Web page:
November began on a dramatic note with a change in Pakistan=s political leadership. On November 5 President Farooq Leghari dissolved the National Assembly and dismissed Prime Minister Benazir Bhutto=s government, in a move he said was mandated by unchecked corruption, political violence and financial mismanagement. He appointed a Acaretaker@ government to serve for at least three months until constitutionally mandated elections could be held. The president cited systematic human rights violations, specifically the extrajudicial killings in Karachi (see above), as one of the reasons for dismissing the former government.

The Right to Monitor

Human rights lawyers in Pakistan faced threats of violence more from religious activists than from the government. Asma Jehangir, attorney for Saima Waheed in the case mentioned above, received death threats from those who backed her client=s father=s claim that a woman cannot marry without the consent of her guardian. A case involving a boy who reverted to Christianity after converting to Islam had to be adjourned because of the danger to the boy=s attorney from religious extremists, who said the boy=s reversion constituted apostasy.

In general, human rights organizations were free to criticize the government. On February 26 more than 2,000 lawyers staged a two-hour strike in Karachi to protest the conduct of law enforcement personnel in the anti-MQM offensive. A number of lawyers= professional associations deplored the blatant violations of law that characterized the government crackdown.

A bill allowing for greater government control of nongovernmental and Asocial welfare agencies@ (NGOs) was pending before parliament at the end of the year. Under the bill all NGOs would be required to get their mandates or Aconstitutions@ approved by a government Registration Authority. The authority would have the power to Adissolve@ any NGO that it found to be Aacting in contravention of its constitution.@ NGOs were concerned that the bill would enable the government to restrict their freedom of association and limit the scope of their operations.

The Role of the International Community

Pakistan, along with Bangladesh, Bhutan, India, Maldives, Nepal, and Sri Lanka, signed a resolution to eliminate child labor adopted by a ministerial conference of the South Asian Association of Regional Cooperation (SAARC) held in Rawalpindi in August. The resolution called for an end to all forms of child labor by the year 2010 and of child labor in hazardous occupations by the turn of the century. It also espoused a commitment to move towards universal access to primary education by the year 2000. South Asian countries, including Pakistan, have come under international criticism and faced threats of trade sanctions over the use of child and bonded labor in industries and agriculture. In July, the U.S. House of Representatives unanimously passed an amendment to the appropriations bill to fund inspections of plants suspected of employing child labor in India and Pakistan. Under the European Commission=s legislation guiding the Generalized System of Preferences (GSP) trade program, the International Confederation of Free Trade Unions and the European Trade Union Committee brought a complaint against the government of Pakistan for the continued use of bonded labor in the country. The GSP program is designed to give developing countries preferential trade tariffs. By November the European Commission had still not decided whether to accept the complaint and launch an investigation.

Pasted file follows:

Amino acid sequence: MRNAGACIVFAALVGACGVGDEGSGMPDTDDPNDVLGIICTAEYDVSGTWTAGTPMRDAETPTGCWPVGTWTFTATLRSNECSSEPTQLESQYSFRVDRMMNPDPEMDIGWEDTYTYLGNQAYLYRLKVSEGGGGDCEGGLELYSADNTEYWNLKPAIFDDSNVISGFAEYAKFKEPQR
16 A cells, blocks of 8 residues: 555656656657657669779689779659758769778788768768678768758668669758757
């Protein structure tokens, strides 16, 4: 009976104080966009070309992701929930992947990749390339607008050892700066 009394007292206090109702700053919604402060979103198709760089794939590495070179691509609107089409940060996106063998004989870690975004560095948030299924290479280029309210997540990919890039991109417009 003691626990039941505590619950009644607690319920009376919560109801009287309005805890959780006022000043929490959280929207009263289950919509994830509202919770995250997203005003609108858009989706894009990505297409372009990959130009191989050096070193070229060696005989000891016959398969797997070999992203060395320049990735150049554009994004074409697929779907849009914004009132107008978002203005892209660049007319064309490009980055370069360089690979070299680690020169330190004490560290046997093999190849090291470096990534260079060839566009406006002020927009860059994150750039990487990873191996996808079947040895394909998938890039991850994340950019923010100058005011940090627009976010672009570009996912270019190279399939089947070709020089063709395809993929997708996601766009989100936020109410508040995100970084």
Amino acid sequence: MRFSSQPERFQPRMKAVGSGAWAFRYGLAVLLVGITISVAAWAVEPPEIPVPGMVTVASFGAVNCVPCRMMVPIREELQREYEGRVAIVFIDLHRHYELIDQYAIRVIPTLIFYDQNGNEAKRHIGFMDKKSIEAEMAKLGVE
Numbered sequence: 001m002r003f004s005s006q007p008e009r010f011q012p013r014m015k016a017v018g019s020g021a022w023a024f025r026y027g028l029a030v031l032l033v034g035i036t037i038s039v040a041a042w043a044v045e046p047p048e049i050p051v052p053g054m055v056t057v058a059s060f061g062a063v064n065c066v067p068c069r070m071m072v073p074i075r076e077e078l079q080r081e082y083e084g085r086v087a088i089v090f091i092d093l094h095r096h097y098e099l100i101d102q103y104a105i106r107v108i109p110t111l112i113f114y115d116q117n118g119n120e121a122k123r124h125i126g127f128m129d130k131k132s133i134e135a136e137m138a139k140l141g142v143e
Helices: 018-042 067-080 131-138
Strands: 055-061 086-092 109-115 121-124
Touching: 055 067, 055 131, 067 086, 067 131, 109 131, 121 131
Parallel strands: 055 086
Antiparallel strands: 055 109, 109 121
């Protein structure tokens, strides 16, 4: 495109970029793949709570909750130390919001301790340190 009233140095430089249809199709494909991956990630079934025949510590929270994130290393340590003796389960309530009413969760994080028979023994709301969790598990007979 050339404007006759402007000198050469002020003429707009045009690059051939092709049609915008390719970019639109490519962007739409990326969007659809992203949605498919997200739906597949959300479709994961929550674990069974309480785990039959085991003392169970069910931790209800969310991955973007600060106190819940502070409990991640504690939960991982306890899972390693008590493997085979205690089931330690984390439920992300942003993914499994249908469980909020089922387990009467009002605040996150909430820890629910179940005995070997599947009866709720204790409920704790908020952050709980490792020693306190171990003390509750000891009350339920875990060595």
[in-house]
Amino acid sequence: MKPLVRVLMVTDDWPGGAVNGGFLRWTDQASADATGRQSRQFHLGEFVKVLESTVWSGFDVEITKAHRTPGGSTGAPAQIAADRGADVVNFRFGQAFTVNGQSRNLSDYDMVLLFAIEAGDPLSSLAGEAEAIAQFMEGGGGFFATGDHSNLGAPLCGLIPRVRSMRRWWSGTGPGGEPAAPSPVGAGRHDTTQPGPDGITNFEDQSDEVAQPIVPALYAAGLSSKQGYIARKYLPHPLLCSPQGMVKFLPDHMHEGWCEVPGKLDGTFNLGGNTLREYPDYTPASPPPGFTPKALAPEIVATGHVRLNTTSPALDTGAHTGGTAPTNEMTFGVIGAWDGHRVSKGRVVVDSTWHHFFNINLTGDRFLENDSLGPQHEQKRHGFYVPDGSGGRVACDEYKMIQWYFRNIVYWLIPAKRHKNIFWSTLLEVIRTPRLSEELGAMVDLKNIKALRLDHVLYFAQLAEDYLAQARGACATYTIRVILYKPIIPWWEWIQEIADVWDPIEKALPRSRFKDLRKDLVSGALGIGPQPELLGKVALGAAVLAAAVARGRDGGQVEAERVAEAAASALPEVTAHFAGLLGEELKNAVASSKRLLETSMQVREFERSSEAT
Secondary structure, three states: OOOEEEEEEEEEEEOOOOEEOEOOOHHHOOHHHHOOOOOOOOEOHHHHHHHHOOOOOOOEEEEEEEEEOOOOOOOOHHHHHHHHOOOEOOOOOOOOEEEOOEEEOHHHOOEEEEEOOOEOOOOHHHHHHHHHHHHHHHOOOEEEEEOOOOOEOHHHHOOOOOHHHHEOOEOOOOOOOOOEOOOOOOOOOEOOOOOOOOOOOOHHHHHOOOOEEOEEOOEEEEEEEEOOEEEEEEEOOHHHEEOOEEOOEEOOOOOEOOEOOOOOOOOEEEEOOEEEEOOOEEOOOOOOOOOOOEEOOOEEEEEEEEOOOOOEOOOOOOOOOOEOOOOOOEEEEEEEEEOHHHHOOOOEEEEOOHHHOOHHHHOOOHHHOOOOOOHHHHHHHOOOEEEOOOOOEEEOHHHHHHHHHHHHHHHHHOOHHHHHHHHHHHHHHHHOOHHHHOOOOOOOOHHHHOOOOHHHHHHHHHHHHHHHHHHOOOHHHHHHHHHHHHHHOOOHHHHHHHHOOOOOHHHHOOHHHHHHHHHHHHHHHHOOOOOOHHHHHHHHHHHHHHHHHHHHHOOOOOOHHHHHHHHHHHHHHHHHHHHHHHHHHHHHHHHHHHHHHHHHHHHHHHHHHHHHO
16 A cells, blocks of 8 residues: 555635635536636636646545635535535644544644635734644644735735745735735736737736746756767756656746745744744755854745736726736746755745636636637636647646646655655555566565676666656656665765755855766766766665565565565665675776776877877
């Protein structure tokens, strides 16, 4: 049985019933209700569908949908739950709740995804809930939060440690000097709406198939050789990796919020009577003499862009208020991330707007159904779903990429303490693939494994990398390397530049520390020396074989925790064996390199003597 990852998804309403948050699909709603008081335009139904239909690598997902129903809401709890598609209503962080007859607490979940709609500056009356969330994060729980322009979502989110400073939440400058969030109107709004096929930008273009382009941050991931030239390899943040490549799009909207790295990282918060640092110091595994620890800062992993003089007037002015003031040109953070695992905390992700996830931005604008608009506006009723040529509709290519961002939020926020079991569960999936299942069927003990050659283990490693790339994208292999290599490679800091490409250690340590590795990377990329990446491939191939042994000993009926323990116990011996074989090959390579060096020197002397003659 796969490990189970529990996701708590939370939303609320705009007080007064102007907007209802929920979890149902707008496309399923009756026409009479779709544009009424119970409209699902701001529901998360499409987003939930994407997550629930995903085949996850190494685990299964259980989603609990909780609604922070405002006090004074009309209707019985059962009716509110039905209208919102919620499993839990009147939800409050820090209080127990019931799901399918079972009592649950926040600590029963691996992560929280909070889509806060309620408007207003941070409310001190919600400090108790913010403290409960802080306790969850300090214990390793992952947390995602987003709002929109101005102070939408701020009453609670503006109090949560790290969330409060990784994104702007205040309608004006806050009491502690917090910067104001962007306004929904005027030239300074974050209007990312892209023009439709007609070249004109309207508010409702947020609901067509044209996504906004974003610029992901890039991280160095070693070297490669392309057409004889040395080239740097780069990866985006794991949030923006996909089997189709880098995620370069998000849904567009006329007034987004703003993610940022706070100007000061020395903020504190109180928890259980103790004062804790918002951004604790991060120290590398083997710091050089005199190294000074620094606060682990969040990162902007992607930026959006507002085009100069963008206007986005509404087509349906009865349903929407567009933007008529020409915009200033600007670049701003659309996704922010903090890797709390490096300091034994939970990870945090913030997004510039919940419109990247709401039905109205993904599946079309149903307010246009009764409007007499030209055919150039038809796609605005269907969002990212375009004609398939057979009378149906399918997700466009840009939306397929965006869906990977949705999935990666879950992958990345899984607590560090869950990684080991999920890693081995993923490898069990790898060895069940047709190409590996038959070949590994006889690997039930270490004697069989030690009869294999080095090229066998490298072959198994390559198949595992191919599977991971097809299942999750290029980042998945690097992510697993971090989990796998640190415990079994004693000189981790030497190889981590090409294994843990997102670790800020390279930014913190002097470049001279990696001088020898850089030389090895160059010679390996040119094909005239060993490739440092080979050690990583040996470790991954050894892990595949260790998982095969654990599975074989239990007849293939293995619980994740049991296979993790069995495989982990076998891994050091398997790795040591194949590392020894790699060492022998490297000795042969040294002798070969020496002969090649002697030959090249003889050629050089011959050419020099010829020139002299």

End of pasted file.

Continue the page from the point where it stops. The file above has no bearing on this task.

U.N. Special Rapporteur on Torture Nigel Rodley visited Pakistan in February and March. His report, published in October, stated that "torture, including rape and similar cruel, inhuman or degrading treatment [were] rife in Pakistan."

In January, the U.N. Special Rapporteur on Religious Intolerance, Abdelfattah Amor, criticized legal restrictions on freedom of thought and worship in Pakistan. He decried the imposition of the death sentence for blasphemy as Adisproportionate and even unacceptable.@ Amor also criticized Pakistan=s haded ordinances, which prescribe harsh punishments based on Islamic law for crimes such as adultery and alcohol consumption, and he requested that they not be applied against non-Muslims. He urged the removal of religious identifications from Pakistan


The U.S. assistant secretary of state for South Asian affairs echoed Amor=s comments at a U.S. Senate hearing on Pakistan=s blasphemy laws in March. Also in March, the U.S. Trade Representative announced that Pakistan=s preferential trade benefits under the Generalized System of Preferences (GSP) program would be suspended in three categories of goods (surgical instruments, sporting goods, and certain carpets) due to the insufficient steps taken by Pakistan to address the problem of child and bonded child labor.

In July, the Europe Council of Foreign Ministers authorized the European Commission to negotiate a new cooperation agreement with Pakistan, which would encompass significant provisions for the promotion of human development. Non-preferential and without a financial protocol, the proposed agreement would also include a clause on human rights, in principle allowing suspension of cooperation in cases of serious infringement.